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Private developers 'can't be relied upon to provide objective public health advice' on Covid-19, warns senator

The Housing Minister is being called upon to carry out an independent assessment of the risk of Covid in co-living.

Planned co-living development in Dun Laoghaire, South Co Dublin.
Planned co-living development in Dun Laoghaire, South Co Dublin.
Image: DCC/Bartra

PRIVATE DEVELOPERS CAN’T be trusted to assess the risk of Covid-19 transmission in co-living buildings, according to a Labour senator who has called on Housing Minister Darragh O’Brien to have an independent health risk assessment carried out at Government level. 

It follows details of a report commissioned by developers Bartra Capital which was reported on by earlier this week.

That assessment claims the “risks of transmission would be less than for people living in a normal house or shared apartment” in co-living buildings despite shared communal kitchens, tv rooms, and an onsite gym. 

Co-living developments are designed to accommodate larger numbers of residents than ordinary apartment blocks, with residents living in self-contained units with a bed, a bathroom and limited cooking facilities.

Those units sit alongside shared facilities including kitchens, communal meeting areas, gyms and TV rooms where residents can meet and interact. 

Labour senator and party spokesperson on housing Rebecca Moynihan said private developers “cannot be relied upon to provide objective public health advice” and added that the Minister for Housing should step in and carry out an assessment of this type of accommodation in the context of the pandemic. 

“In the Minister’s view, first of all he says this is not a solution in a housing crisis and should be banned, he now says he is reviewing it but he has to assess the proper health implications… and not just rely on the spin from developers that has changed substantially in the last year,” Moynihan told

“The fact this [assessment] is paid for by the developer to say a certain thing is quite striking and this is all coming from the developer… When you’re sharing facilities there is always a risk.

“So it doesn’t lessen the impact or risk of transmission than somebody who is living in a one-bed apartment in a development such as this. And then there is this line that has been thought up in the last two weeks that it’s going to replace social isolation.”

Bartra this week told that the report was commissioned to support an application for a 105-unit co-living development on Merrion Road in Ballsbridge, Co Dublin. 

It will be submitted to Dublin City Council with a decision expected to be made as to whether the development can go ahead in the coming weeks. 

“The local authority do not have healthcare expertise, they have planning expertise and if that’s the case they need to disregard that report because it is very much spin,” Moynihan said. 

“I have called previously for the minister to suspend or rescind the guidelines because he can do that under the Planning and Development Act, the powers are there for the minister to do that.”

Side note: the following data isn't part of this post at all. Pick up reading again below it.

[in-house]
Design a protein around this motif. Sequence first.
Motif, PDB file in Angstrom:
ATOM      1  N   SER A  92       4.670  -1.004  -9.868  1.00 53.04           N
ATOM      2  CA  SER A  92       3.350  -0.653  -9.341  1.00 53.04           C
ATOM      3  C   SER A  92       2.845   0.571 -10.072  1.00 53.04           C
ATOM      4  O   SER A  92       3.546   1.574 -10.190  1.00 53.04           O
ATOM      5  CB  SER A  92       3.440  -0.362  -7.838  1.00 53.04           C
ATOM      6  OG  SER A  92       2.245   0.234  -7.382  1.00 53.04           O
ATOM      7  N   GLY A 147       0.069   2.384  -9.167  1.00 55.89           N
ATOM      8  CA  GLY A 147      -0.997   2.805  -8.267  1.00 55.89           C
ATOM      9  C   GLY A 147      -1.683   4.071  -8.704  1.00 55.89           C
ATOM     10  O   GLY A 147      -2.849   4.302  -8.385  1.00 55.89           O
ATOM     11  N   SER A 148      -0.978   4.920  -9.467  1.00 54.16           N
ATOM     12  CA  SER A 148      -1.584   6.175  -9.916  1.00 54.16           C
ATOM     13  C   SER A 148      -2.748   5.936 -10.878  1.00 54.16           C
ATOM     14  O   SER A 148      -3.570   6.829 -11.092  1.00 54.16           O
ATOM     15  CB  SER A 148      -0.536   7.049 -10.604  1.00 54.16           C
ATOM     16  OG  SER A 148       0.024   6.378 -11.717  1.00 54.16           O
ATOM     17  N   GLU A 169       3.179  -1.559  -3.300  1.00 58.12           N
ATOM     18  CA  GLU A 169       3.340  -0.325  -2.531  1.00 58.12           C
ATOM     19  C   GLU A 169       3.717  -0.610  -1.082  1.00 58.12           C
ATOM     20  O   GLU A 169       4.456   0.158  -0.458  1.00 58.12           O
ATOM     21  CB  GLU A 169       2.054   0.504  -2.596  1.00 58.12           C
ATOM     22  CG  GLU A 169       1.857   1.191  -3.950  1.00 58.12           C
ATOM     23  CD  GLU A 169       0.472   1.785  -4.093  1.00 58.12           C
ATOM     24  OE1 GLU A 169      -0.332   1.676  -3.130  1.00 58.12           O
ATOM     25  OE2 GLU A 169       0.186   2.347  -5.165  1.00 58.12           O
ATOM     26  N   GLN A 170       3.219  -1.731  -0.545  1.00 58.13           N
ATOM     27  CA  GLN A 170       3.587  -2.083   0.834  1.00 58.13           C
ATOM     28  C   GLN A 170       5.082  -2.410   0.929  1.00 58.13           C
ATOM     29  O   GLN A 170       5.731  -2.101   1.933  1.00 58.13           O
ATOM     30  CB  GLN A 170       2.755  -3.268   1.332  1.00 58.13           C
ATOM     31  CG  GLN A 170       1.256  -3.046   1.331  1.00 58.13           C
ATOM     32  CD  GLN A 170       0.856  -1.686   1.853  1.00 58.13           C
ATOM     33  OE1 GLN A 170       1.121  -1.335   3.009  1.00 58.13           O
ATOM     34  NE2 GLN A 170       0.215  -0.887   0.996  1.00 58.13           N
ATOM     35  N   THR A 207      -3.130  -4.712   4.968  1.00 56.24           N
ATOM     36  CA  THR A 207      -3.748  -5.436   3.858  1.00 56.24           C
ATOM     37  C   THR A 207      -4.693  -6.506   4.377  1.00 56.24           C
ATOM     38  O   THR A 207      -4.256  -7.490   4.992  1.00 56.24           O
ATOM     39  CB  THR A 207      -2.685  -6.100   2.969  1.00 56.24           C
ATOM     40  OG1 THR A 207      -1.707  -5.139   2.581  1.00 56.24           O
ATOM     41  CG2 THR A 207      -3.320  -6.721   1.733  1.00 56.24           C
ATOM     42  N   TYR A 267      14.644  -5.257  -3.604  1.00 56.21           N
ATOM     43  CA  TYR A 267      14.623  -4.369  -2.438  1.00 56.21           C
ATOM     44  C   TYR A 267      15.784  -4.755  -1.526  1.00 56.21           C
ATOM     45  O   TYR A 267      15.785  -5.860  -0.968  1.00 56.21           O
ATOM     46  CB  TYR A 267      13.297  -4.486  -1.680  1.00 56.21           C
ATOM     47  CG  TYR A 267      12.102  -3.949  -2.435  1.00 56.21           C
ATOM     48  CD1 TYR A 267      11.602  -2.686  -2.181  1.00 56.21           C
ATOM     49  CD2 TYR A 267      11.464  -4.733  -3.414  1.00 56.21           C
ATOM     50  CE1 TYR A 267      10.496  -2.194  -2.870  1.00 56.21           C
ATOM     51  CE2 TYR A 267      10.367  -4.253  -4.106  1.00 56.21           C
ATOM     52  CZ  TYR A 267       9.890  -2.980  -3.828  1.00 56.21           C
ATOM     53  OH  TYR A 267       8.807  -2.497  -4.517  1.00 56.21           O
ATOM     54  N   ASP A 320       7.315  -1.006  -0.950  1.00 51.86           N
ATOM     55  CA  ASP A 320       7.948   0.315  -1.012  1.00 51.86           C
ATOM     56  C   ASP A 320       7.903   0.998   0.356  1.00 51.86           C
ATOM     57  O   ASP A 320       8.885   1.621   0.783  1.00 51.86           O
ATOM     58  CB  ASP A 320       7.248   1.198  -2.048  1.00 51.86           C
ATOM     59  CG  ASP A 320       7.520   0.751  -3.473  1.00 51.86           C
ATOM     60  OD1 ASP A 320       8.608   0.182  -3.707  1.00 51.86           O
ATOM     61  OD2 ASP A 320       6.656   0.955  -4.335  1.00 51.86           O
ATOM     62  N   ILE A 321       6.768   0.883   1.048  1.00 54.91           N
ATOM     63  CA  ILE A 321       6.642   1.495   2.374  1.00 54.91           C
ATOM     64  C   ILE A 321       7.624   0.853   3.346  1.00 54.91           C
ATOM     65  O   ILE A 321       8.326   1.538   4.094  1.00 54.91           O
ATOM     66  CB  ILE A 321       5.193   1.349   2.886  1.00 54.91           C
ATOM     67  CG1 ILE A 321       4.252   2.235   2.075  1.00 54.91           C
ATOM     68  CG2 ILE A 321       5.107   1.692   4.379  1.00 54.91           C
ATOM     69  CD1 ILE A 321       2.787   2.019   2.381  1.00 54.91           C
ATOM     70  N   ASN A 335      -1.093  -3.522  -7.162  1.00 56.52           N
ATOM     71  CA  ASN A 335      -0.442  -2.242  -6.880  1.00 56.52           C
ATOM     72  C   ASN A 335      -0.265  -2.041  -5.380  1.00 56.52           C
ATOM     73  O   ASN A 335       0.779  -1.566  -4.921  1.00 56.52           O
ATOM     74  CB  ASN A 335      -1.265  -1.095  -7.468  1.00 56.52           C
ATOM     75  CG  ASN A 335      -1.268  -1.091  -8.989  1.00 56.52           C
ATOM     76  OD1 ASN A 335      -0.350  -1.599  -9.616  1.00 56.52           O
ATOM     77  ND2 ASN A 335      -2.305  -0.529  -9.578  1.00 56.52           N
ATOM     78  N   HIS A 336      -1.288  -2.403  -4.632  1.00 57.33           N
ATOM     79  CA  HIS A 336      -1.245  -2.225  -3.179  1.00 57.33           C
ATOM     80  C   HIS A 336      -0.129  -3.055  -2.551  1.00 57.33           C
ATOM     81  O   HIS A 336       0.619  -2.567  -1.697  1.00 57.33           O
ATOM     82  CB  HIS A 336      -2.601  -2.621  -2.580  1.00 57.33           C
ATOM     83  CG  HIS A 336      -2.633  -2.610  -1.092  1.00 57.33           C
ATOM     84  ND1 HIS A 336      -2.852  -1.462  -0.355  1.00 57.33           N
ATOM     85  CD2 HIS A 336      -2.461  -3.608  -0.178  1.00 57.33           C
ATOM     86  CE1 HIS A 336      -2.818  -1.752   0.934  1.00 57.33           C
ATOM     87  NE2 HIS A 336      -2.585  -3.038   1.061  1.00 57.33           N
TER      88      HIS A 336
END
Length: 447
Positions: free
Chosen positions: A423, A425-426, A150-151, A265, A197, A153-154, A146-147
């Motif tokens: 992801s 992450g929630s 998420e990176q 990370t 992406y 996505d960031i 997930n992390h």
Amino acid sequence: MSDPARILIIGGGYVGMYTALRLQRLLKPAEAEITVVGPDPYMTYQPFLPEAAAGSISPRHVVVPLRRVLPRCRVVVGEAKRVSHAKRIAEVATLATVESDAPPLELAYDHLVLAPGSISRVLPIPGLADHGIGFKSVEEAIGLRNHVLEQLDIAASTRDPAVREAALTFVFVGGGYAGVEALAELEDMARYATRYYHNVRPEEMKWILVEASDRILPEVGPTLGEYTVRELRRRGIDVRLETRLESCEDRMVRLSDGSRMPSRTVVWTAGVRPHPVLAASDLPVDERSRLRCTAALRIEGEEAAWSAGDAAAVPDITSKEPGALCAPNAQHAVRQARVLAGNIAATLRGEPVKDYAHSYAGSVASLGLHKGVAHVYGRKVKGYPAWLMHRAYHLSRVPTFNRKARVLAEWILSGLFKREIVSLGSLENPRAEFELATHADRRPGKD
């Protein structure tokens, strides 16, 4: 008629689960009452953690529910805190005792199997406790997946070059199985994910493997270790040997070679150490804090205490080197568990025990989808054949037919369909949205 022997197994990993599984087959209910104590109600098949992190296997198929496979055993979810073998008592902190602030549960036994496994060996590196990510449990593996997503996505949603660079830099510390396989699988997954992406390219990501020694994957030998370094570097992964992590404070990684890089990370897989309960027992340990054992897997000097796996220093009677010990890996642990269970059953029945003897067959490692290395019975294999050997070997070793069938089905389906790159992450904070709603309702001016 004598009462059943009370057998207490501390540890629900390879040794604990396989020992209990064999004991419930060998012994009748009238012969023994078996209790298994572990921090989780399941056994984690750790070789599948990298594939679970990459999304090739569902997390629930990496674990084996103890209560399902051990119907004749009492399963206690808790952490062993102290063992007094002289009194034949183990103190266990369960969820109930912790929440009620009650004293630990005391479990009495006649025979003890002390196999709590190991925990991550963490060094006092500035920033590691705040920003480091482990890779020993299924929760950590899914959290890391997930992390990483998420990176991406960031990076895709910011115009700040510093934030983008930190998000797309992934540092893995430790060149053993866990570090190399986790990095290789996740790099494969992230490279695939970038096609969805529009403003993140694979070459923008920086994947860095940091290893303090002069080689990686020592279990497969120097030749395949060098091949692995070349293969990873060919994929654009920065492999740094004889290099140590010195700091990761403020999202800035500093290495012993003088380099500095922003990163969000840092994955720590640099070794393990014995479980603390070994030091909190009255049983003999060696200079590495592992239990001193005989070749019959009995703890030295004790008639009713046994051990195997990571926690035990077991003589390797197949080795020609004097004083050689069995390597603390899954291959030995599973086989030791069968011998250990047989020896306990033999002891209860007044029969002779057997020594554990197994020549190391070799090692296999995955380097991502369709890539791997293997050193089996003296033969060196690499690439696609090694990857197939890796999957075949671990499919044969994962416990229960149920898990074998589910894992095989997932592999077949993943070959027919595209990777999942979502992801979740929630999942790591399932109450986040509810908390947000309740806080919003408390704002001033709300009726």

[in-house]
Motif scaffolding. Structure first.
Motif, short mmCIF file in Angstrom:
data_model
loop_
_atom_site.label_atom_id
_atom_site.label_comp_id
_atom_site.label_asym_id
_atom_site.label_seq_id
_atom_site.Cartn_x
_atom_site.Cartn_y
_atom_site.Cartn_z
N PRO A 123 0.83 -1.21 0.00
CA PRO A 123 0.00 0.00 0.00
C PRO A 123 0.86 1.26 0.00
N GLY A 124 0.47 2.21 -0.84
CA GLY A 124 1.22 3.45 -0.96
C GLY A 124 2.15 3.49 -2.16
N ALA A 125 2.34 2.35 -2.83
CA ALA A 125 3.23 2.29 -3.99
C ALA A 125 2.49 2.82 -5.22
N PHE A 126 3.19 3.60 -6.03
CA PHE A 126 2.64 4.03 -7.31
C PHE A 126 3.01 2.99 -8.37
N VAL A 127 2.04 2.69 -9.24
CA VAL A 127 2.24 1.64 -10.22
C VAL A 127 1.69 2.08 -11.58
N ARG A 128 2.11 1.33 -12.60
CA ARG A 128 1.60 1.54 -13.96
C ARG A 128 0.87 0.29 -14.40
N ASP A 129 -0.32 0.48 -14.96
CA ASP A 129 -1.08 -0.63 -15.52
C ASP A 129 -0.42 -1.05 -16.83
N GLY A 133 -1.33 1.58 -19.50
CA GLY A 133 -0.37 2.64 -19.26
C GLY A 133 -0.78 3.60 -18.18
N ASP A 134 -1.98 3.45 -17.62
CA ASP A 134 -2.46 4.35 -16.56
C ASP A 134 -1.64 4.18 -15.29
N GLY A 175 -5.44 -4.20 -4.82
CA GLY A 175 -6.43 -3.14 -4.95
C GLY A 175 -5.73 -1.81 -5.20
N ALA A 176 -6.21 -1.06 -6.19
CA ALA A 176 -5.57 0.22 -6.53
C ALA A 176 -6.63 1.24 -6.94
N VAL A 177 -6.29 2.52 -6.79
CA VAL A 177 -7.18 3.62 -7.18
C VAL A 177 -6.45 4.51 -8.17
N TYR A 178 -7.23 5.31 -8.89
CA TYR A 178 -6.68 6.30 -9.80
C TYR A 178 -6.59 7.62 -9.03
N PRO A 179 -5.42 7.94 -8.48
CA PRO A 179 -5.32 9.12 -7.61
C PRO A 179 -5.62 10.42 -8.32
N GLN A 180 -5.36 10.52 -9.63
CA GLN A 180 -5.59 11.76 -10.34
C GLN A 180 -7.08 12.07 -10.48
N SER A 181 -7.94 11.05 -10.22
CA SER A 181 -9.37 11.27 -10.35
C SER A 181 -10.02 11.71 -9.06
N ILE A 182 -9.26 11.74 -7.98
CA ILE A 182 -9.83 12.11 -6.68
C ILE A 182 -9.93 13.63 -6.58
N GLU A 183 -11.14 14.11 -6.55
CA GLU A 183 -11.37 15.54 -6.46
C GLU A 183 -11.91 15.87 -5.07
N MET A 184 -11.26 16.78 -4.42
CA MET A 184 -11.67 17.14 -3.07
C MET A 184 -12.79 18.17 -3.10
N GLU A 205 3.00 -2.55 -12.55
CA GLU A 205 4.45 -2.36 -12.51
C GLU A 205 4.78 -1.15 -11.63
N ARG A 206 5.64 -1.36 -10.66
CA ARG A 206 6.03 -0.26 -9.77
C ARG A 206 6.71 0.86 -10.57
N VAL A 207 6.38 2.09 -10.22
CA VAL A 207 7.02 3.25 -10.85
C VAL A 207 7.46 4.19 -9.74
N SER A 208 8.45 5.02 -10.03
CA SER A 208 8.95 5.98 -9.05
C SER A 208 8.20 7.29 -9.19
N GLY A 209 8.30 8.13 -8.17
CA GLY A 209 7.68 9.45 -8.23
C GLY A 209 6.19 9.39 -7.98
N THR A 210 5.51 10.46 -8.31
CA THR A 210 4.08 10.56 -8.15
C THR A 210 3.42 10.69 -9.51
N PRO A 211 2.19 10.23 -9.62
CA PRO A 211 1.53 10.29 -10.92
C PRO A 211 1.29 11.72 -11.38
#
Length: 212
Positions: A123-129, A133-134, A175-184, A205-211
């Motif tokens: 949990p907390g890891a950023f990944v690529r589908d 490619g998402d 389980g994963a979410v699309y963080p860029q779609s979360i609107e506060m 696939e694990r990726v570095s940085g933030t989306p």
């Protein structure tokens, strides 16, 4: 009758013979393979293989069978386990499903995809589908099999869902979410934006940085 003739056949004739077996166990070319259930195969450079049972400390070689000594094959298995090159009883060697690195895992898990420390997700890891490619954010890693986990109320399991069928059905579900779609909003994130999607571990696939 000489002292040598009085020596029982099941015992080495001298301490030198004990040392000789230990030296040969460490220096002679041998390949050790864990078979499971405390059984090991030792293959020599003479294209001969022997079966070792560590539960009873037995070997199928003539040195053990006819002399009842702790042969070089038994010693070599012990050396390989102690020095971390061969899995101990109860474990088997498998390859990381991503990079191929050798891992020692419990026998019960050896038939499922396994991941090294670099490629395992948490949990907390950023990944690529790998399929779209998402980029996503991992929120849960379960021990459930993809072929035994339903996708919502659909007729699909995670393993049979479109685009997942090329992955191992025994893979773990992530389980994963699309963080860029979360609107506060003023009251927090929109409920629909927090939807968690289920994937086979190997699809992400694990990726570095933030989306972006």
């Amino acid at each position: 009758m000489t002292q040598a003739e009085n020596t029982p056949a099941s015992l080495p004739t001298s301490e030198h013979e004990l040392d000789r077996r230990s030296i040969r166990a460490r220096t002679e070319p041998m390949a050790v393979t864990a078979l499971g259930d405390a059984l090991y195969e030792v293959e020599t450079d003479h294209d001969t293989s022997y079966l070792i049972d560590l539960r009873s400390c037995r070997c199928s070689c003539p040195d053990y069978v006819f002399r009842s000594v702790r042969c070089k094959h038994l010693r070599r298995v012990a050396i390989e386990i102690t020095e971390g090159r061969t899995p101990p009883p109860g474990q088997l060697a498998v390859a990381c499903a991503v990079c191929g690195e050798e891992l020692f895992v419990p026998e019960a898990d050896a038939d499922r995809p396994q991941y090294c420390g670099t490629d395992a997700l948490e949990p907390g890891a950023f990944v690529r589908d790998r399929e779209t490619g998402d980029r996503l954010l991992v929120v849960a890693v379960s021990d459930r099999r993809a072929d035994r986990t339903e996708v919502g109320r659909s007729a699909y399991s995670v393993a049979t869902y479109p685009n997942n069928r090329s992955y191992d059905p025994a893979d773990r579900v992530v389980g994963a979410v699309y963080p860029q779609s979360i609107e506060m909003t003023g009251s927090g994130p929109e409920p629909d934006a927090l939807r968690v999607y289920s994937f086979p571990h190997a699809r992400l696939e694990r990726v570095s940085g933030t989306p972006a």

In response, a spokesperson for the Housing Minister said it would be “inappropriate for the minister, or any member of his department to offer comment in relation to any individual planning case or cases”.

Last year, as a Fianna Fáil housing spokesperson O’Brien suggested co-living developments should be banned.

Since being appointed as Housing Minister, however, he has stopped short of saying the developments should be banned but said he will have a review carried out to examine a number of housing solutions including co-living. 

“Minister O’Brien has asked for a review of co-living/shared living to be carried out. His views on co-living/shared living are well publicised and have not changed. He is committed to examining the best way forward in terms of housing and accommodation solutions,” the spokesperson said. 

“The shared living format is a niche market segment aimed at young professionals for whom a temporary or short-term, shared living arrangement may be suitable.”

He added: “The limited scale of this type of accommodation is such that by the end of Q2 2020, a total of 410 co-living bedspaces had been approved by An Bord Pleanála under the Strategic Housing Development application process since 2018. 

“In comparison, there were almost 50,000 homes permitted, comprising more than 100,000 bedspaces, in the single year to March 2020 alone.”

The Covid-19 risk assessment was carried out by Dr Martin Hogan of occupational health specialists Corporate Health Ireland. 

“The risk of transmission to anyone else is really low and you can’t say that of a normal apartment block where you have to come out [of your room] to go to the toilet. In terms of urban living where you have people sharing accommodations, this is at the very lower end of the risk in my viewpoint,” he said.  

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Bartra’s CEO Mike Flannery has insisted that building managers will have the right measures in place to prevent the spread of the virus in co-living buildings, including in the event that a resident might become a confirmed case. 

“Bartra’s shared accommodation public health provisions will be industry leading for the sector. Our buildings have been designed to reflect public health policy in the current Covid-19 pandemic scenario,” he said.

“Bartra’s measures have been reviewed and validated by Dr. Martin Hogan and the CHI team, and we are more than happy to engage with The Department of Housing, Planning and Local Government, NPHET, or any equivalent Government body.”

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